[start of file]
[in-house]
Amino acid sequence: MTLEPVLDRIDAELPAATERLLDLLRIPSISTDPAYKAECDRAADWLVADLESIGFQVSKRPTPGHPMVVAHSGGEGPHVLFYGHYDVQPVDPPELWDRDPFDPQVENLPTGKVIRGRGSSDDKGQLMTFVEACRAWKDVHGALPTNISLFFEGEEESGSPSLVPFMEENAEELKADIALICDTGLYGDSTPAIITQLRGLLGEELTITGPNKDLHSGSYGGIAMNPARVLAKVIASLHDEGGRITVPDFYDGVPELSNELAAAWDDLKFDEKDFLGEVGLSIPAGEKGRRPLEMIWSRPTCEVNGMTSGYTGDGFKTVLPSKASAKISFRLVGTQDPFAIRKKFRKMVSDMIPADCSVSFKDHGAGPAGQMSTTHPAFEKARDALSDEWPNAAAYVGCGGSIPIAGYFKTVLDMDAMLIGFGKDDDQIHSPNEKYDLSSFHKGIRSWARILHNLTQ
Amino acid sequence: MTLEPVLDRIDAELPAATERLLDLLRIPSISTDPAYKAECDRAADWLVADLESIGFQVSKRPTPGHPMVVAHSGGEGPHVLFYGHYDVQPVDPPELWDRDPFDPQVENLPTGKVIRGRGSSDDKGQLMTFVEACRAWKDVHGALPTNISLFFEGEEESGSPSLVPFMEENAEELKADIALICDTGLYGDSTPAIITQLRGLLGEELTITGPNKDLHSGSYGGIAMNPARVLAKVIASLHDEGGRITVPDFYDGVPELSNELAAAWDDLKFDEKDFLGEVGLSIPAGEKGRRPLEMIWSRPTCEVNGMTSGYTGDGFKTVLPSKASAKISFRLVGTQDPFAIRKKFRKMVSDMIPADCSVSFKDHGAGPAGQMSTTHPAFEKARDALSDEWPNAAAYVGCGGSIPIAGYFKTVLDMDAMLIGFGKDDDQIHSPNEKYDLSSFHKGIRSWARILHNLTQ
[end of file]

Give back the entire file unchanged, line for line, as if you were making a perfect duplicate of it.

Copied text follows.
[in-house]
Amino acid sequence: MTLEPVLDRIDAELPAATERLLDLLRIPSISTDPAYKAECDRAADWLVADLESIGFQVSKRPTPGHPMVVAHSGGEGPHVLFYGHYDVQPVDPPELWDRDPFDPQVENLPTGKVIRGRGSSDDKGQLMTFVEACRAWKDVHGALPTNISLFFEGEEESGSPSLVPFMEENAEELKADIALICDTGLYGDSTPAIITQLRGLLGEELTITGPNKDLHSGSYGGIAMNPARVLAKVIASLHDEGGRITVPDFYDGVPELSNELAAAWDDLKFDEKDFLGEVGLSIPAGEKGRRPLEMIWSRPTCEVNGMTSGYTGDGFKTVLPSKASAKISFRLVGTQDPFAIRKKFRKMVSDMIPADCSVSFKDHGAGPAGQMSTTHPAFEKARDALSDEWPNAAAYVGCGGSIPIAGYFKTVLDMDAMLIGFGKDDDQIHSPNEKYDLSSFHKGIRSWARILHNLTQ
Amino acid sequence: MTLEPVLDRIDAELPAATERLLDLLRIPSISTDPAYKAECDRAADWLVADLESIGFQVSKRPTPGHPMVVAHSGGEGPHVLFYGHYDVQPVDPPELWDRDPFDPQVENLPTGKVIRGRGSSDDKGQLMTFVEACRAWKDVHGALPTNISLFFEGEEESGSPSLVPFMEENAEELKADIALICDTGLYGDSTPAIITQLRGLLGEELTITGPNKDLHSGSYGGIAMNPARVLAKVIASLHDEGGRITVPDFYDGVPELSNELAAAWDDLKFDEKDFLGEVGLSIPAGEKGRRPLEMIWSRPTCEVNGMTSGYTGDGFKTVLPSKASAKISFRLVGTQDPFAIRKKFRKMVSDMIPADCSVSFKDHGAGPAGQMSTTHPAFEKARDALSDEWPNAAAYVGCGGSIPIAGYFKTVLDMDAMLIGFGKDDDQIHSPNEKYDLSSFHKGIRSWARILHNLTQ